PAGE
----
HIPAA-compliant data destruction

As information continues to flow, at some point, we are all in contact with information that we are charged with protecting. One of the more sensitive data categories is related to medical information, and is protected by the Health Insurance Portability and Accountability Act, or HIPAA.

It’s not easy to quantify the cost of a HIPAA data breach. Studies place the per-record cost of mitigating these breaches between $250 and $408 dollars. That doesn’t sound too bad, except that’s per record, and no data breach is ever limited to a single record. More likely it’s hundreds or even thousands of records that are compromised, and that means that a typical data breach will cost the exposed operation anywhere between $40 and $350 million to mitigate.

No two data breaches are alike, but to assume that this information is stolen through high-tech, Mission Impossible-style attacks is to seriously ignore the effectiveness of thorough, well-considered policies. Information thieves don’t need fancy equipment and genius-level hackers to steal information when you leave it lying out in the open in the form of bagged trash or discarded hard drives.

To control your data you need to know where it is

When it comes to HIPAA-compliant data disposal, the first step in developing a complete inventory of everywhere sensitive information is stored. A complete inventory of data storage, from paper files to hard drives, is the key to making sure that you can keep tabs on your HIPAA-related data, or what the Act refers to as protected health information (PHI).

The obvious places like filing cabinets, hard drives, and laptops will certainly get a spot on the inventory, but what about your office’s copy machine? Did you know that copiers keep an image on their hard drive of every page that’s ever been copied?  How often are external storage methods like USB drives or cloud storage used to hold patient or client data? When you have a solid grip on exactly where all this information is located, things will be much easier when it’s time for that data to be retired.

One man’s junk …

Document destruction is more complicated than just having an in-house shredder, and the best levels of security and HIPAA-compliance require more man-hours and expertise than most organizations are able to provide using their own staff. When you decided to enlist the services of a professional, here are some key points to look for:

Chain of Custody – Are those files, hard drives, and shredded documents secure all the way from your office until they reach their final resting place? Reputable destruction companies will be able to provide logs, tracking, and complete security every step of the way.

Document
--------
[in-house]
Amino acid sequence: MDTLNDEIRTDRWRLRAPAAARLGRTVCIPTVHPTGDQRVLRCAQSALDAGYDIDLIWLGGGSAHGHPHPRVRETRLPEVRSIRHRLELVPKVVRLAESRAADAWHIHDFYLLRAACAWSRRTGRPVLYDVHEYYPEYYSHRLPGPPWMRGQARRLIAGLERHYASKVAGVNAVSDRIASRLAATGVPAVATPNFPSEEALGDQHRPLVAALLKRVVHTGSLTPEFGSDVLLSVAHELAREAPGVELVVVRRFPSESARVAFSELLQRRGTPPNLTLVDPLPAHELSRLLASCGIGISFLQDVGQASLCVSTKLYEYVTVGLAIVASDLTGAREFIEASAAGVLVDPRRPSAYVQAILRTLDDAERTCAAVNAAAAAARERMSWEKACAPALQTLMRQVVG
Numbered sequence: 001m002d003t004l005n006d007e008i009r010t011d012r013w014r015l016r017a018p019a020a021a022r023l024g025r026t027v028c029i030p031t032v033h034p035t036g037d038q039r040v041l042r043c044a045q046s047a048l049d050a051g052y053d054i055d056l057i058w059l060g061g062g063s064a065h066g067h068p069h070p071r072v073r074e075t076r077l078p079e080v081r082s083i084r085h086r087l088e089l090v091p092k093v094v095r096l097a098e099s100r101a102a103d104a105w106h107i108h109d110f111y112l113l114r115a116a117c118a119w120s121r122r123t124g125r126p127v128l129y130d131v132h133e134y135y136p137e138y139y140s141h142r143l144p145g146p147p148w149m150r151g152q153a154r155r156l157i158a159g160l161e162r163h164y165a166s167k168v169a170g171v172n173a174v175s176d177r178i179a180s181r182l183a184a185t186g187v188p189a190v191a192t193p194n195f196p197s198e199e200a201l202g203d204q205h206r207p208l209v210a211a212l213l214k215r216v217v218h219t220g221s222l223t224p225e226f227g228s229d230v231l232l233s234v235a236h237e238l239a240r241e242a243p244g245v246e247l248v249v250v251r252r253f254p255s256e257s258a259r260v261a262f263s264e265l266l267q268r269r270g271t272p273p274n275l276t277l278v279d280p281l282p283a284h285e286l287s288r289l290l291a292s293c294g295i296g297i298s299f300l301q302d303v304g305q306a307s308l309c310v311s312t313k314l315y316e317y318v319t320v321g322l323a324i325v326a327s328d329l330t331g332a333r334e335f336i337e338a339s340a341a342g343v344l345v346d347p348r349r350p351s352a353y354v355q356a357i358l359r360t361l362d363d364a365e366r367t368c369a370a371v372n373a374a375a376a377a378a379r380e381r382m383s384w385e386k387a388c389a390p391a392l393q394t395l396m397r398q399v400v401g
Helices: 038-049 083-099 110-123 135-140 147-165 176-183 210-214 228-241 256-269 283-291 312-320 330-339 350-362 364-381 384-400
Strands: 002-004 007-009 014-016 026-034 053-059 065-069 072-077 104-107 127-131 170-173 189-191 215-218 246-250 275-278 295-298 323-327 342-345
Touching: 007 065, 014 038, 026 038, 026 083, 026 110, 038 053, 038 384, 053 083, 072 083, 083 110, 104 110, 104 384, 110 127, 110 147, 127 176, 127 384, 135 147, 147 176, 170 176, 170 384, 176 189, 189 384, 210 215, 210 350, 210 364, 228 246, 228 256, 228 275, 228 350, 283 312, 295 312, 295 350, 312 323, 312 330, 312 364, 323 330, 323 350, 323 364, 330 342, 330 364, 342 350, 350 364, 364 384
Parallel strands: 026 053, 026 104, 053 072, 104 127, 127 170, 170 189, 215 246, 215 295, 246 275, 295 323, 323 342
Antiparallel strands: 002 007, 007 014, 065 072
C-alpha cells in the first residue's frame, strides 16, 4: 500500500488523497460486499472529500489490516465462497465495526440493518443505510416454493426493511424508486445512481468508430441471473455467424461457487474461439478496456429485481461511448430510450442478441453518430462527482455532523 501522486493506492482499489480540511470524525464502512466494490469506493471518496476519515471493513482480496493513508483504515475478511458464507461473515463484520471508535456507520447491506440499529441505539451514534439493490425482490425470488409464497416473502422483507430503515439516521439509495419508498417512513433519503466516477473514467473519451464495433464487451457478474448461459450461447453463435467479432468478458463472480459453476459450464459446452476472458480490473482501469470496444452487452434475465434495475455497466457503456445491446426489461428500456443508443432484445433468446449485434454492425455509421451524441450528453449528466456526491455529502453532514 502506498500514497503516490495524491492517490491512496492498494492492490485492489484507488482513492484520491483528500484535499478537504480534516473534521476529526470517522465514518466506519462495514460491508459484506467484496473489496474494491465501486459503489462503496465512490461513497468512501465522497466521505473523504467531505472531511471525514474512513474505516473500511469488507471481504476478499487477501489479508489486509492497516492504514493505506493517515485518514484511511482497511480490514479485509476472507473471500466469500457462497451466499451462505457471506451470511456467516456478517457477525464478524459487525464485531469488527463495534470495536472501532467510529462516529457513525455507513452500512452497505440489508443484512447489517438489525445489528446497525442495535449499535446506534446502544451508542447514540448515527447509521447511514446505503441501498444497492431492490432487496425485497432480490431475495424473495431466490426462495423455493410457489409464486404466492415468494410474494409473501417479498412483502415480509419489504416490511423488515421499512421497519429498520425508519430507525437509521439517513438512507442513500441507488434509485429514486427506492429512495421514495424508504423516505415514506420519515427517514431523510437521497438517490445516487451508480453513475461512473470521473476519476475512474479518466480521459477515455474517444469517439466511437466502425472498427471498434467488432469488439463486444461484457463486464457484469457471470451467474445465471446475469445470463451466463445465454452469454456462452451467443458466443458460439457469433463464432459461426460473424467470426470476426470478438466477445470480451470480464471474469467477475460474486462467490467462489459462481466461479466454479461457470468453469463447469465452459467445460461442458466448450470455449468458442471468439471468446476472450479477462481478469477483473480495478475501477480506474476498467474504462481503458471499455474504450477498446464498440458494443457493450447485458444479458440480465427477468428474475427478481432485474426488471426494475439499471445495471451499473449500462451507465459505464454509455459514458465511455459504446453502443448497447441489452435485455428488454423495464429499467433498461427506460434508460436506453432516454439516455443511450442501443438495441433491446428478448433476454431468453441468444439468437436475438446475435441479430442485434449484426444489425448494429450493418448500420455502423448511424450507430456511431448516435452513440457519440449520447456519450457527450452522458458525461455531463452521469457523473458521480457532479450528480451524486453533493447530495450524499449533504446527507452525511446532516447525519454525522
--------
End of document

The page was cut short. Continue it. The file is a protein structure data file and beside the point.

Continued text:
Continually evolving services – As technology changes, the methods of securing and destroying data need to change too. If your  data destruction company isn’t prepared to handle the next generation of HIPAA-compliant data storage, are they ready to handle your business in the upcoming years?

Sustainability – When dealing with obsolete hardware and paper documents, the future can hold so much more than a simple trip to the landfill. After a thorough scrubbing, many hardware pieces can find a new life in schools or in the hands of non-profits. If a laptop or mobile device is beyond repair, they still hold a variety of precious metals that can be extracted, sold, and reused. What is your  data destruction company doing to reduce, recycle, or reuse?

It’s also a good idea to make sure to remove all asset tags from your outgoing and obsolete hardware so it doesn’t present itself as something that might contain valuable information. Some studies suggest that over 70% of hard drives that are believed to have been “wiped” still contain recoverable data. If we know these stats, you can be sure that the dumpster-diving thieves know them too. Now that you’ve got a better handle on how to manage the end-of-life process for data and hardware, we think the numbers will be on your side.

You’ve done right by your clients, customers, and patients up until now, so don’t drop the ball at the last minute and compromise their data. Not only can CDR ensure complete data destruction, but we can recommend ways to reuse or recycle whatever you have to dispose. Make the call and you’ll make the world a better place for everyone.


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